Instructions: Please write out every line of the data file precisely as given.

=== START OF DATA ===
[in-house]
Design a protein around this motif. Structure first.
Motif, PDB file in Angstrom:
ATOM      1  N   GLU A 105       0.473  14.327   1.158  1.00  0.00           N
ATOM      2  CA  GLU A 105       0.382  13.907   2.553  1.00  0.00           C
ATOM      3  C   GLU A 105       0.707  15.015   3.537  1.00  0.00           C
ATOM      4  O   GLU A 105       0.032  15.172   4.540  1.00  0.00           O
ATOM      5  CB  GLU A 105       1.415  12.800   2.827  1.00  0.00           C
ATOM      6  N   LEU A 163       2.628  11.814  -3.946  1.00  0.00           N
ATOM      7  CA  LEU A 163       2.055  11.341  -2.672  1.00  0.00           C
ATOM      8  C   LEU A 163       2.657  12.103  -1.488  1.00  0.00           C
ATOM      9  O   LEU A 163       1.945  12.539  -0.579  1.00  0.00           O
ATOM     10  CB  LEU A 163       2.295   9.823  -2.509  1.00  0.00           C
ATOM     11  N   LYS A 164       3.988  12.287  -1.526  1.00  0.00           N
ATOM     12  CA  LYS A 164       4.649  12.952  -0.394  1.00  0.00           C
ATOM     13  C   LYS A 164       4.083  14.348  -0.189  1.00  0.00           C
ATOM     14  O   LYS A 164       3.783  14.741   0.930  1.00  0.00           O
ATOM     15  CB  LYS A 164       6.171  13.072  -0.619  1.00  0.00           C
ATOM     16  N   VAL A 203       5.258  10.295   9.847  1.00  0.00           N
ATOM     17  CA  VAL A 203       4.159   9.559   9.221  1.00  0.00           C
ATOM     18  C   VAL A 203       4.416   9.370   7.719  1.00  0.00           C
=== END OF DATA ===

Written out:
[in-house]
Design a protein around this motif. Structure first.
Motif, PDB file in Angstrom:
ATOM      1  N   GLU A 105       0.473  14.327   1.158  1.00  0.00           N
ATOM      2  CA  GLU A 105       0.382  13.907   2.553  1.00  0.00           C
ATOM      3  C   GLU A 105       0.707  15.015   3.537  1.00  0.00           C
ATOM      4  O   GLU A 105       0.032  15.172   4.540  1.00  0.00           O
ATOM      5  CB  GLU A 105       1.415  12.800   2.827  1.00  0.00           C
ATOM      6  N   LEU A 163       2.628  11.814  -3.946  1.00  0.00           N
ATOM      7  CA  LEU A 163       2.055  11.341  -2.672  1.00  0.00           C
ATOM      8  C   LEU A 163       2.657  12.103  -1.488  1.00  0.00           C
ATOM      9  O   LEU A 163       1.945  12.539  -0.579  1.00  0.00           O
ATOM     10  CB  LEU A 163       2.295   9.823  -2.509  1.00  0.00           C
ATOM     11  N   LYS A 164       3.988  12.287  -1.526  1.00  0.00           N
ATOM     12  CA  LYS A 164       4.649  12.952  -0.394  1.00  0.00           C
ATOM     13  C   LYS A 164       4.083  14.348  -0.189  1.00  0.00           C
ATOM     14  O   LYS A 164       3.783  14.741   0.930  1.00  0.00           O
ATOM     15  CB  LYS A 164       6.171  13.072  -0.619  1.00  0.00           C
ATOM     16  N   VAL A 203       5.258  10.295   9.847  1.00  0.00           N
ATOM     17  CA  VAL A 203       4.159   9.559   9.221  1.00  0.00           C
ATOM     18  C   VAL A 203       4.416   9.370   7.719  1.00  0.00           C